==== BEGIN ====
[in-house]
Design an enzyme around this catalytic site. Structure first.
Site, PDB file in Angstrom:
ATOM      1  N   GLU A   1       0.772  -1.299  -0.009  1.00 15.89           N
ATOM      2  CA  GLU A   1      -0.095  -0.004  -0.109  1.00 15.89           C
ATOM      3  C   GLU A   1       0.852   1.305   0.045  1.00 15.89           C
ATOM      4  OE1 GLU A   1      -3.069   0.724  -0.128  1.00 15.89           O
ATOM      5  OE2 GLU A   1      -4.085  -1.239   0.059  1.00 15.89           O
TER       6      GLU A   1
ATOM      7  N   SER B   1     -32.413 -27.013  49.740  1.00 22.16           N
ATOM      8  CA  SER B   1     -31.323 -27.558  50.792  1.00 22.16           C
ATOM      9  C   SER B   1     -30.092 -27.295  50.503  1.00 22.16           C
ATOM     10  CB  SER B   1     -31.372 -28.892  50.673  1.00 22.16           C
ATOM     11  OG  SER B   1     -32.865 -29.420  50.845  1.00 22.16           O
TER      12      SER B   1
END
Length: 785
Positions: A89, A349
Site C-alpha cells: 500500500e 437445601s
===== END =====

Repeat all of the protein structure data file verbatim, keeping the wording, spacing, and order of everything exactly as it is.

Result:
[in-house]
Design an enzyme around this catalytic site. Structure first.
Site, PDB file in Angstrom:
ATOM      1  N   GLU A   1       0.772  -1.299  -0.009  1.00 15.89           N
ATOM      2  CA  GLU A   1      -0.095  -0.004  -0.109  1.00 15.89           C
ATOM      3  C   GLU A   1       0.852   1.305   0.045  1.00 15.89           C
ATOM      4  OE1 GLU A   1      -3.069   0.724  -0.128  1.00 15.89           O
ATOM      5  OE2 GLU A   1      -4.085  -1.239   0.059  1.00 15.89           O
TER       6      GLU A   1
ATOM      7  N   SER B   1     -32.413 -27.013  49.740  1.00 22.16           N
ATOM      8  CA  SER B   1     -31.323 -27.558  50.792  1.00 22.16           C
ATOM      9  C   SER B   1     -30.092 -27.295  50.503  1.00 22.16           C
ATOM     10  CB  SER B   1     -31.372 -28.892  50.673  1.00 22.16           C
ATOM     11  OG  SER B   1     -32.865 -29.420  50.845  1.00 22.16           O
TER      12      SER B   1
END
Length: 785
Positions: A89, A349
Site C-alpha cells: 500500500e 437445601s